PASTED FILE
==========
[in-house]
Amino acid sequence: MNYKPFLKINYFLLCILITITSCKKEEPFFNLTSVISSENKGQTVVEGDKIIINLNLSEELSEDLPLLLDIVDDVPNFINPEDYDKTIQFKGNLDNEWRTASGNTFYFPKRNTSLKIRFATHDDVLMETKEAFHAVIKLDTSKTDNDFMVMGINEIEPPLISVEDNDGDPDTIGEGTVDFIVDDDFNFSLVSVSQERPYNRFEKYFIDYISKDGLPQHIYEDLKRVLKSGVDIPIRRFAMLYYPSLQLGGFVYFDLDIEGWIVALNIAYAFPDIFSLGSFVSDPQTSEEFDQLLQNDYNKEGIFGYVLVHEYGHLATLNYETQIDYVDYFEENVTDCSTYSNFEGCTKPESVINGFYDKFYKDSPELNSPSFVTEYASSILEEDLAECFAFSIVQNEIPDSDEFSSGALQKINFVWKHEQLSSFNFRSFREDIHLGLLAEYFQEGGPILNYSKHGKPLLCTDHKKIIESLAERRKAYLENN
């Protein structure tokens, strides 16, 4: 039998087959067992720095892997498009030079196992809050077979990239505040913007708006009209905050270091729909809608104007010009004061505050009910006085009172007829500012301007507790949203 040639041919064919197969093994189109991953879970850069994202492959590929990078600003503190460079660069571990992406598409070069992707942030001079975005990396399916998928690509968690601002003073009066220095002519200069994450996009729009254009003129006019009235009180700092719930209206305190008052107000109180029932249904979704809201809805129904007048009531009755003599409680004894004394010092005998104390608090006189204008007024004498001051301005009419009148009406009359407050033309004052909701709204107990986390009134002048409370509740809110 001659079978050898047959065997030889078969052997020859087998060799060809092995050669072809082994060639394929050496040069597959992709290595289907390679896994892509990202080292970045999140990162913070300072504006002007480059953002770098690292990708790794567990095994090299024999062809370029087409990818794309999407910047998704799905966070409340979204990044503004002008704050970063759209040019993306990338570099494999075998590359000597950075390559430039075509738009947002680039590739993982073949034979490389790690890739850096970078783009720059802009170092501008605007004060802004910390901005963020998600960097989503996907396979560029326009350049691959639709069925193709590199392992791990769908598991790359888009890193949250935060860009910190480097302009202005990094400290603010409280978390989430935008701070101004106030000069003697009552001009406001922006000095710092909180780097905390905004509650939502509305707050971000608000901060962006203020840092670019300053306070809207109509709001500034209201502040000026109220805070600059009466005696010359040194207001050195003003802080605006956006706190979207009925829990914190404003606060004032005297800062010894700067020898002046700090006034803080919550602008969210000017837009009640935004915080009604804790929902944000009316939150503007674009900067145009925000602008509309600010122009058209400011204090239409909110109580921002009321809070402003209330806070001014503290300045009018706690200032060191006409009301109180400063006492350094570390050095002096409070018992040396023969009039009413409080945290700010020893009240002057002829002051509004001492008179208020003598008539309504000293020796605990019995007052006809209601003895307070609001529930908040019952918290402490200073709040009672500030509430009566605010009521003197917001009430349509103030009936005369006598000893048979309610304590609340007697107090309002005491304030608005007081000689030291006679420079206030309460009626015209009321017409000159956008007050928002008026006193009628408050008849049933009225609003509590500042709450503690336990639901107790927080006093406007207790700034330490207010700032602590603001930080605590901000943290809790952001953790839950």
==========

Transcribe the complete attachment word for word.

[in-house]
Amino acid sequence: MNYKPFLKINYFLLCILITITSCKKEEPFFNLTSVISSENKGQTVVEGDKIIINLNLSEELSEDLPLLLDIVDDVPNFINPEDYDKTIQFKGNLDNEWRTASGNTFYFPKRNTSLKIRFATHDDVLMETKEAFHAVIKLDTSKTDNDFMVMGINEIEPPLISVEDNDGDPDTIGEGTVDFIVDDDFNFSLVSVSQERPYNRFEKYFIDYISKDGLPQHIYEDLKRVLKSGVDIPIRRFAMLYYPSLQLGGFVYFDLDIEGWIVALNIAYAFPDIFSLGSFVSDPQTSEEFDQLLQNDYNKEGIFGYVLVHEYGHLATLNYETQIDYVDYFEENVTDCSTYSNFEGCTKPESVINGFYDKFYKDSPELNSPSFVTEYASSILEEDLAECFAFSIVQNEIPDSDEFSSGALQKINFVWKHEQLSSFNFRSFREDIHLGLLAEYFQEGGPILNYSKHGKPLLCTDHKKIIESLAERRKAYLENN
């Protein structure tokens, strides 16, 4: 039998087959067992720095892997498009030079196992809050077979990239505040913007708006009209905050270091729909809608104007010009004061505050009910006085009172007829500012301007507790949203 040639041919064919197969093994189109991953879970850069994202492959590929990078600003503190460079660069571990992406598409070069992707942030001079975005990396399916998928690509968690601002003073009066220095002519200069994450996009729009254009003129006019009235009180700092719930209206305190008052107000109180029932249904979704809201809805129904007048009531009755003599409680004894004394010092005998104390608090006189204008007024004498001051301005009419009148009406009359407050033309004052909701709204107990986390009134002048409370509740809110 001659079978050898047959065997030889078969052997020859087998060799060809092995050669072809082994060639394929050496040069597959992709290595289907390679896994892509990202080292970045999140990162913070300072504006002007480059953002770098690292990708790794567990095994090299024999062809370029087409990818794309999407910047998704799905966070409340979204990044503004002008704050970063759209040019993306990338570099494999075998590359000597950075390559430039075509738009947002680039590739993982073949034979490389790690890739850096970078783009720059802009170092501008605007004060802004910390901005963020998600960097989503996907396979560029326009350049691959639709069925193709590199392992791990769908598991790359888009890193949250935060860009910190480097302009202005990094400290603010409280978390989430935008701070101004106030000069003697009552001009406001922006000095710092909180780097905390905004509650939502509305707050971000608000901060962006203020840092670019300053306070809207109509709001500034209201502040000026109220805070600059009466005696010359040194207001050195003003802080605006956006706190979207009925829990914190404003606060004032005297800062010894700067020898002046700090006034803080919550602008969210000017837009009640935004915080009604804790929902944000009316939150503007674009900067145009925000602008509309600010122009058209400011204090239409909110109580921002009321809070402003209330806070001014503290300045009018706690200032060191006409009301109180400063006492350094570390050095002096409070018992040396023969009039009413409080945290700010020893009240002057002829002051509004001492008179208020003598008539309504000293020796605990019995007052006809209601003895307070609001529930908040019952918290402490200073709040009672500030509430009566605010009521003197917001009430349509103030009936005369006598000893048979309610304590609340007697107090309002005491304030608005007081000689030291006679420079206030309460009626015209009321017409000159956008007050928002008026006193009628408050008849049933009225609003509590500042709450503690336990639901107790927080006093406007207790700034330490207010700032602590603001930080605590901000943290809790952001953790839950």